It should be plain sailing from here on – as long as you generated the certificate above correctly! Just edit your /etc/postfix/main.cf to make sure that:

  • your banner SMTP server name is one of the domains from above. In my case, it is smtp.schipka.com
  • your smtpd_tls_* settings are similar to this:

smtpd_tls_key_file=/etc/letsencrypt/live/schipka.com/privkey.pem
smtpd_tls_cert_file=/etc/letsencrypt/live/schipka.com/cert.pem
smtpd_tls_CAfile=/etc/letsencrypt/live/schipka.com/fullchain.pem

Run

systemctl reload postfix

And you should be able to go the same checker as above to validate your Postfix settings. Don’t forget to choose SMTP as STARTTLS Application!

Step 3: Configuring Dovecot

Simple. Edit /etc/dovecot/conf.d/10-ssl.conf:

ssl_cert = </etc/letsencrypt/live/schipka.com/cert.pem
ssl_key = </etc/letsencrypt/live/schipka.com/privkey.pem

systemctl reload dovecot

And go to check your dovecot install – all should be well as long as TLSA records are ok.

Step 4: Automating Renewals

Surprisingly, this isn’t as straight-forward as it could be, specifically, for two reasons:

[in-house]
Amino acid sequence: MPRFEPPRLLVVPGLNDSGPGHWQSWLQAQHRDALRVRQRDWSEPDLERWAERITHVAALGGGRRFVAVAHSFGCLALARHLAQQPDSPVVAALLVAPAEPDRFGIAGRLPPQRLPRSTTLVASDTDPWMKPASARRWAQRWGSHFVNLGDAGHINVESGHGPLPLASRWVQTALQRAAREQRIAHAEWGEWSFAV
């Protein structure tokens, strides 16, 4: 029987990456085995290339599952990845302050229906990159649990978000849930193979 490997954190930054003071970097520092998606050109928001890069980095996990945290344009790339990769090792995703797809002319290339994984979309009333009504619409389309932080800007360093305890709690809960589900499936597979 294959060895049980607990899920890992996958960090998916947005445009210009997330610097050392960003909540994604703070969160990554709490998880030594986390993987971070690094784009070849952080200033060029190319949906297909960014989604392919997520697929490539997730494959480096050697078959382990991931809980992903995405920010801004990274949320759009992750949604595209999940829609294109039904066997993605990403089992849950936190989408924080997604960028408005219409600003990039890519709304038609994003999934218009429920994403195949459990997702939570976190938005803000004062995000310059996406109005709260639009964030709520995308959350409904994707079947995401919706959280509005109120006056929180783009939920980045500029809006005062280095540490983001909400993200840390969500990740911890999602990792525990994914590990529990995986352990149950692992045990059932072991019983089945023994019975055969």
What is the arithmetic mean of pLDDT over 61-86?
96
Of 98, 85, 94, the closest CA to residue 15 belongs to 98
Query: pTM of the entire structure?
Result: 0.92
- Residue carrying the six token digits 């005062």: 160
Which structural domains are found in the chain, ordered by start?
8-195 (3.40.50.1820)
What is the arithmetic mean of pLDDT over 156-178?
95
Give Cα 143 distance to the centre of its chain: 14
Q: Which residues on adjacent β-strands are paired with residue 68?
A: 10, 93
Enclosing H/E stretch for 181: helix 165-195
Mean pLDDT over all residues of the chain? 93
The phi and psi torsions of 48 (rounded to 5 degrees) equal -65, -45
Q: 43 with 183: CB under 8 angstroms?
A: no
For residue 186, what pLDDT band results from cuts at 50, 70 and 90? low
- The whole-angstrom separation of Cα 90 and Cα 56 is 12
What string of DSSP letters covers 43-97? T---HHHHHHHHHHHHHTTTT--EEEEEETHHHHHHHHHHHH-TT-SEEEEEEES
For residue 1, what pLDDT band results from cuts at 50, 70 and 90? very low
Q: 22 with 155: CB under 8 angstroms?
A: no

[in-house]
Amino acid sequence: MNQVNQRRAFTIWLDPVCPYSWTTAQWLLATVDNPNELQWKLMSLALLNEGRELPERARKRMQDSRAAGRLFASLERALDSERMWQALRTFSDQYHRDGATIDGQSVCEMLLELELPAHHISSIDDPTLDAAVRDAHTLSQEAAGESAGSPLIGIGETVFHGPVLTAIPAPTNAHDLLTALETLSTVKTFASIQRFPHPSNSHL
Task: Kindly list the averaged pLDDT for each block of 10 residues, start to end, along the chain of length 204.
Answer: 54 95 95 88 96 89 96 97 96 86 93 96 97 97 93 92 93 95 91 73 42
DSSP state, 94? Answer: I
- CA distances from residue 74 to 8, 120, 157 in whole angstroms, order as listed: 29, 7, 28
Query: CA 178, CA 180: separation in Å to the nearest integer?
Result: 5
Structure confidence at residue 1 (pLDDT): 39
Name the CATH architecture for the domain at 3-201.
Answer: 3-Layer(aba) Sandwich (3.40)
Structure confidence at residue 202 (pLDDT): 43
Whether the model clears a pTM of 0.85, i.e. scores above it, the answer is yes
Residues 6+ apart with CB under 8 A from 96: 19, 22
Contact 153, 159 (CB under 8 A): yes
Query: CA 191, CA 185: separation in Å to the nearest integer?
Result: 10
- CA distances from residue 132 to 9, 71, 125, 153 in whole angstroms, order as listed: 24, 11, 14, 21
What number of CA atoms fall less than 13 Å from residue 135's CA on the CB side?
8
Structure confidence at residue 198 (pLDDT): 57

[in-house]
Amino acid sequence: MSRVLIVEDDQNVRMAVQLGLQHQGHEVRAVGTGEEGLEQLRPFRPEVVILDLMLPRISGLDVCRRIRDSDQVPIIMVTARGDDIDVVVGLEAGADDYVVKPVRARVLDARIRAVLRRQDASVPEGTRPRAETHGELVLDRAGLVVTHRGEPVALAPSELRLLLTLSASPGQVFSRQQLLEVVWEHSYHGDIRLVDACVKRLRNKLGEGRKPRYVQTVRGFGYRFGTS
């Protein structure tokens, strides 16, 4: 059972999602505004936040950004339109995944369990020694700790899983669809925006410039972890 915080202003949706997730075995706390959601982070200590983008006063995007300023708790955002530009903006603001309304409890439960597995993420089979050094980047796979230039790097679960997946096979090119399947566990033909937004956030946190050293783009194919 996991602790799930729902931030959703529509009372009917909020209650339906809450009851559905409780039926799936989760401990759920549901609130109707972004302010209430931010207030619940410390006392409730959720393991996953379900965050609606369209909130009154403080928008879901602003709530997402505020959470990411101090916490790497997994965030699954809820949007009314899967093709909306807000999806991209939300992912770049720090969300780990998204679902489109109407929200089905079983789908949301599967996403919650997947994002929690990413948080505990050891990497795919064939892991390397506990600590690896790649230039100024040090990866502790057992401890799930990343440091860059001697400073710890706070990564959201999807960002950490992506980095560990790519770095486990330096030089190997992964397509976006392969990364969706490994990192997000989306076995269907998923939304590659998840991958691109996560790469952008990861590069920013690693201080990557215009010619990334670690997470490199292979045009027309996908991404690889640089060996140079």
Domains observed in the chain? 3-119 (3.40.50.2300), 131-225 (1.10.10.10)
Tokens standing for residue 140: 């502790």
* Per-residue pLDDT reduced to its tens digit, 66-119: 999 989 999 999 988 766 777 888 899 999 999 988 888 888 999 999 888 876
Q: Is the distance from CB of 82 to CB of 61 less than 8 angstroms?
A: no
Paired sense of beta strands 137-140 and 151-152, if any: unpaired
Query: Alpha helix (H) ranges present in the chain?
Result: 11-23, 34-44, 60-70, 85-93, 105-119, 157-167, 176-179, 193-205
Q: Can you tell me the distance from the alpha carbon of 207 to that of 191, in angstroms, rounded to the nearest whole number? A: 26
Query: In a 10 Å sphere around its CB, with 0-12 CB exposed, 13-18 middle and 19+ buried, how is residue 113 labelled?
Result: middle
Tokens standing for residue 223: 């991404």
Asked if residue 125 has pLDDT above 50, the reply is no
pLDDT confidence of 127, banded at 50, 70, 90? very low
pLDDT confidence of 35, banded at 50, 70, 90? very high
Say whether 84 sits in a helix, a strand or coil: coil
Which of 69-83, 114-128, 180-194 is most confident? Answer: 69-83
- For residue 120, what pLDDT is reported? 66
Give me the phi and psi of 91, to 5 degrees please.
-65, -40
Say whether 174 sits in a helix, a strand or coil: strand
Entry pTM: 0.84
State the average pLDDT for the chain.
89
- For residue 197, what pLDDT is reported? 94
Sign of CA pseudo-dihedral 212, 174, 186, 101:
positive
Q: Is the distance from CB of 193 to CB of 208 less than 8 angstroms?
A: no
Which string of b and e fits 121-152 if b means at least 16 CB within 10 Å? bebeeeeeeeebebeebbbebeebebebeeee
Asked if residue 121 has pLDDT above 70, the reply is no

1. smtp.schipka.com and imap.schipka.com are not configured as ServerAlias for Apache plugin
  2. Using –standalone mode with –tls-sni-01-port <port1> –http-01-port <port2> is problematic due to the need to open port mapping to map inbound port1 and port2 to your Ubuntu server on whatever router you use and making sure your local firewall also allows it

It is your choice what solution works better for you. As I don’t mind smtp.schipka.com and imap.schipka.com serving my website, but I do mind keeping two inbound ports open on my router all the time, all I’ve done is add both as ServerAlias to my main Apache site configuration and tested that all is going to be ok by running:

letsencrypt renew –dry-run

Once that is done, all that was left to do was to create a script called “letsencrypt” in /etc/cron.weekly:

#!/bin/sh
/usr/bin/letsencrypt renew

That’s it, all done!

I hope someone finds this useful.